Clinical Review Clinical Review

Acute respiratory distress syndrome

BMJ 2007; 335 doi: https://doi.org/10.1136/bmj.39293.624699.AD (Published 23 August 2007) Cite this as: BMJ 2007;335:389
  1. Susannah K Leaver, British Heart Foundation clinical research fellow,
  2. Timothy W Evans, professor of critical care medicine
  1. Department of Critical Care, Imperial College School of Medicine, Royal Brompton Hospital, London SW3 6NP
  1. Correspondence to: T W Evanst.evans{at}rbht.nhs.uk

    Summary points

    • • Acute lung injury and its extreme manifestation, the acute respiratory distress syndrome, complicate a variety of serious medical and surgical conditions, not all of which affect the lung directly

    • • Dyspnoea is the commonest presenting symptom; clinical signs are those of pulmonary oedema

    • • Early admission to intensive care is needed; the precipitating illness should be identified and managed aggressively

    • • Protective techniques of mechanical ventilatory support reduce mortality

    • • Rigorous application of general supportive measures is likely to improve outcome

    • • Non-ventilatory adjuncts to gas exchange generally improve oxygenation but do not reduce mortality

    • • Although death rates are falling, long term debility in survivors is considerable

    Why do I need to know about acute respiratory distress syndrome?

    Acute respiratory distress syndrome is the extreme manifestation of acute lung injury. Both these conditions complicate many medical and surgical conditions, not all of which affect the lung directly and are therefore encountered by clinicians working outside the critical care setting with varying frequency. Early recognition is important in determining outcome, as prognosis is usually dependent partly on the nature and prompt management of the precipitating condition.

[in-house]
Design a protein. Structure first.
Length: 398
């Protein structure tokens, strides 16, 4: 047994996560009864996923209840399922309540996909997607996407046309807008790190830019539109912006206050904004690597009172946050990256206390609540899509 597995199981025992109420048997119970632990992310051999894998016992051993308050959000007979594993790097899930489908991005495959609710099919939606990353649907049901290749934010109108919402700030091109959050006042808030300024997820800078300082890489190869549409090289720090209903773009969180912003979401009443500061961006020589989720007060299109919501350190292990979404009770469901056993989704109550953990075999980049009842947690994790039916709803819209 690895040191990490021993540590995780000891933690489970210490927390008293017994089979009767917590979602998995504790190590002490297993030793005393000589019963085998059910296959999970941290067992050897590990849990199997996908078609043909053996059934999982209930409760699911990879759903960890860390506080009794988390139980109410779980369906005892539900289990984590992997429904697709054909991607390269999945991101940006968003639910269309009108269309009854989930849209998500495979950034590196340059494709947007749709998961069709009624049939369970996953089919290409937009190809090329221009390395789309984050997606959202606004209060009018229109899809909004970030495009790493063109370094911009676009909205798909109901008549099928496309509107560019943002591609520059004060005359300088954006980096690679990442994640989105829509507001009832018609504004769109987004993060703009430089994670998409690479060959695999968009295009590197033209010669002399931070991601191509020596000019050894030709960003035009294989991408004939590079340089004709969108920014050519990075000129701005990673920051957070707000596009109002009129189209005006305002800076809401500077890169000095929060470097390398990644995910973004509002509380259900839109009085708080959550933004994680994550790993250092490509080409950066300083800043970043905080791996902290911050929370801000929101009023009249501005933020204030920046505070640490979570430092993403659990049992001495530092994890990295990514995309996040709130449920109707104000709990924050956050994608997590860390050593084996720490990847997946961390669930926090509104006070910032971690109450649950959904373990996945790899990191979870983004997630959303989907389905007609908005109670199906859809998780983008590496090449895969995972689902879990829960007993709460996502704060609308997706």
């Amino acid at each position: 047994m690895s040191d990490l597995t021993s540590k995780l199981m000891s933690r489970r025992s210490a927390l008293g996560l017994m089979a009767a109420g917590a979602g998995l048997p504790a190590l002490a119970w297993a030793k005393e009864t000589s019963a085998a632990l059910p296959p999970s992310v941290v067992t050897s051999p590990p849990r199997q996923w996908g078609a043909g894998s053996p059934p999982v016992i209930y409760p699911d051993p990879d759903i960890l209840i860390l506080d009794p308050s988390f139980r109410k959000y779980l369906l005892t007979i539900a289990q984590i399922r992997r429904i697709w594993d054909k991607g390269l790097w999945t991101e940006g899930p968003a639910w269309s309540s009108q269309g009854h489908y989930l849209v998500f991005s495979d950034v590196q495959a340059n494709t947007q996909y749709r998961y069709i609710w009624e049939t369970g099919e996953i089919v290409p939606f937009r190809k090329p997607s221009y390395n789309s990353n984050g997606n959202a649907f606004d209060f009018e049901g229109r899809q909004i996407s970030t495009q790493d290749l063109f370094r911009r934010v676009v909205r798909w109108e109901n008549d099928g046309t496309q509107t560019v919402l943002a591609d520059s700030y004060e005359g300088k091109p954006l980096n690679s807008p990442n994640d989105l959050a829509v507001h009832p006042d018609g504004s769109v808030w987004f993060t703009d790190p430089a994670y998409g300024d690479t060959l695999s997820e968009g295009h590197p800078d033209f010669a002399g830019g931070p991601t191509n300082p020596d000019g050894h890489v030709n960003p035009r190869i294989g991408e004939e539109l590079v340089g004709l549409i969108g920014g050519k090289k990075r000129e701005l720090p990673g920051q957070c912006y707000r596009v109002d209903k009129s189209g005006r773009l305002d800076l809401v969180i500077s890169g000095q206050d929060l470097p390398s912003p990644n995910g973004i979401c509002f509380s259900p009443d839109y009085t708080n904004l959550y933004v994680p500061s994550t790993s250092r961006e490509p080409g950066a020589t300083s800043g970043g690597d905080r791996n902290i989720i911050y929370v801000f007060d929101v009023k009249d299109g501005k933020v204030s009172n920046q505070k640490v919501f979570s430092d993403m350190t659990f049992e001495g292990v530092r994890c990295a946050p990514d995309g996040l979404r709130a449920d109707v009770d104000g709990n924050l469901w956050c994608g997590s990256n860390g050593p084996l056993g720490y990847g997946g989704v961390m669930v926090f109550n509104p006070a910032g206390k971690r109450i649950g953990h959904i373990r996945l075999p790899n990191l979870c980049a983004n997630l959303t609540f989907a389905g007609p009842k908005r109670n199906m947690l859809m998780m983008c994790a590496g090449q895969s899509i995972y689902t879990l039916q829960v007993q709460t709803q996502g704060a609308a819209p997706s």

How are these conditions defined?

    Acute lung injury and acute respiratory distress syndrome are defined by refractory hypoxaemia (using the PaO2 to FiO2 ratio) in association with bilateral lung infiltrates on chest radiography, in the absence of left atrial hypertension (thereby excluding hydrostatic pulmonary oedema as a cause) but in the presence of a clinical condition known to precipitate the syndrome (box 1).

    Box 1 Definition criteria for acute lung injury and acute respiratory distress syndrome1

    In the appropriate clinical setting with one or more recognised risk factors, three criteria are required:

    • Radiological—New, bilateral, diffuse, patchy, or homogeneous pulmonary infiltrates on chest radiograph consistent with pulmonary oedema

    • Exclusion—No clinical evidence that heart failure, fluid overload, or chronic lung disease are responsible for the infiltrates; or pulmonary artery occlusion pressure of 18 mm Hg

    • Oxygenation—PaO …

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